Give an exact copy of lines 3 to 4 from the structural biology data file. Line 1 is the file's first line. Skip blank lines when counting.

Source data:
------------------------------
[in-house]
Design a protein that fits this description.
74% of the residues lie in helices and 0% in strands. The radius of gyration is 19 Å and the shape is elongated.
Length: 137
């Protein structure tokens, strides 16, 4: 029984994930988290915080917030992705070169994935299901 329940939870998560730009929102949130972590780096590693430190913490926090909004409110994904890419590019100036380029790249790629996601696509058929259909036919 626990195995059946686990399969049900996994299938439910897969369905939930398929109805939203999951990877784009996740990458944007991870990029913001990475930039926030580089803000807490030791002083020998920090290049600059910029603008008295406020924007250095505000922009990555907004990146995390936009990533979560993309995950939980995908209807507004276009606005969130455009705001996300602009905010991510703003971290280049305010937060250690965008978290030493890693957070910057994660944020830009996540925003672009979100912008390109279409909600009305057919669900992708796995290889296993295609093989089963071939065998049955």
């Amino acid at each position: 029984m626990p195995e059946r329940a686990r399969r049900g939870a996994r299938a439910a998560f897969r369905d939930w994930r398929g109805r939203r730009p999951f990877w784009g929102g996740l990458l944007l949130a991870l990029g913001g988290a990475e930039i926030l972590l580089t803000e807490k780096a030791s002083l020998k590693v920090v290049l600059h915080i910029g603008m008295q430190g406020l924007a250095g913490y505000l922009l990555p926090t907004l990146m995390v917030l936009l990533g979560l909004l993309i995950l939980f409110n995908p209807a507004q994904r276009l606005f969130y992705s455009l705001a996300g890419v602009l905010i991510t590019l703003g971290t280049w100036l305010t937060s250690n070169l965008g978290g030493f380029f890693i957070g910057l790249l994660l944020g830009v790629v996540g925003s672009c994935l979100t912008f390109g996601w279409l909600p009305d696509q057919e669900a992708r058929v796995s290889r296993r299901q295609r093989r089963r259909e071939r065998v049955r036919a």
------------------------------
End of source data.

74% of the residues lie in helices and 0% in strands. The radius of gyration is 19 Å and the shape is elongated.
Length: 137